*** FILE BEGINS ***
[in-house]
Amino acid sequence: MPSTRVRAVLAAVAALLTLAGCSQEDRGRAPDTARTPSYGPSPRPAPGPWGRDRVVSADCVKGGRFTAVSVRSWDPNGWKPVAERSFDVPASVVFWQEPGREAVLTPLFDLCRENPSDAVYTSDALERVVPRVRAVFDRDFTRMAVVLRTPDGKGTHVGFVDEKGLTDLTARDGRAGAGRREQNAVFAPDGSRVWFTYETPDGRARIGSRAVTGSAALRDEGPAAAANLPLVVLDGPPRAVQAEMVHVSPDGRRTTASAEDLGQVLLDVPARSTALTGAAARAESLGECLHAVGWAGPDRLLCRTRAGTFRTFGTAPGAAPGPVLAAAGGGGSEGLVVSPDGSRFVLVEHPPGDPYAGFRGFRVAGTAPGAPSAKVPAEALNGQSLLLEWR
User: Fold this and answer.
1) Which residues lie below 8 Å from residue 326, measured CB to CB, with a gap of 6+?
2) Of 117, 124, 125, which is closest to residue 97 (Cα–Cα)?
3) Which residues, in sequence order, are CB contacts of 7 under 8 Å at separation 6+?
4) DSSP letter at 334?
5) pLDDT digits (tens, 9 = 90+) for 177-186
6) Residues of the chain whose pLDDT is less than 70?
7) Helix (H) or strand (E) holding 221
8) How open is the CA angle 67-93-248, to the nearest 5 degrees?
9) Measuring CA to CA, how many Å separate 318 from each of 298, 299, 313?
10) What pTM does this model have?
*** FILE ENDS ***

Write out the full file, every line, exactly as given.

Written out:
[in-house]
Amino acid sequence: MPSTRVRAVLAAVAALLTLAGCSQEDRGRAPDTARTPSYGPSPRPAPGPWGRDRVVSADCVKGGRFTAVSVRSWDPNGWKPVAERSFDVPASVVFWQEPGREAVLTPLFDLCRENPSDAVYTSDALERVVPRVRAVFDRDFTRMAVVLRTPDGKGTHVGFVDEKGLTDLTARDGRAGAGRREQNAVFAPDGSRVWFTYETPDGRARIGSRAVTGSAALRDEGPAAAANLPLVVLDGPPRAVQAEMVHVSPDGRRTTASAEDLGQVLLDVPARSTALTGAAARAESLGECLHAVGWAGPDRLLCRTRAGTFRTFGTAPGAAPGPVLAAAGGGGSEGLVVSPDGSRFVLVEHPPGDPYAGFRGFRVAGTAPGAPSAKVPAEALNGQSLLLEWR
User: Fold this and answer.
1) Which residues lie below 8 Å from residue 326, measured CB to CB, with a gap of 6+?
2) Of 117, 124, 125, which is closest to residue 97 (Cα–Cα)?
3) Which residues, in sequence order, are CB contacts of 7 under 8 Å at separation 6+?
4) DSSP letter at 334?
5) pLDDT digits (tens, 9 = 90+) for 177-186
6) Residues of the chain whose pLDDT is less than 70?
7) Helix (H) or strand (E) holding 221
8) How open is the CA angle 67-93-248, to the nearest 5 degrees?
9) Measuring CA to CA, how many Å separate 318 from each of 298, 299, 313?
10) What pTM does this model have?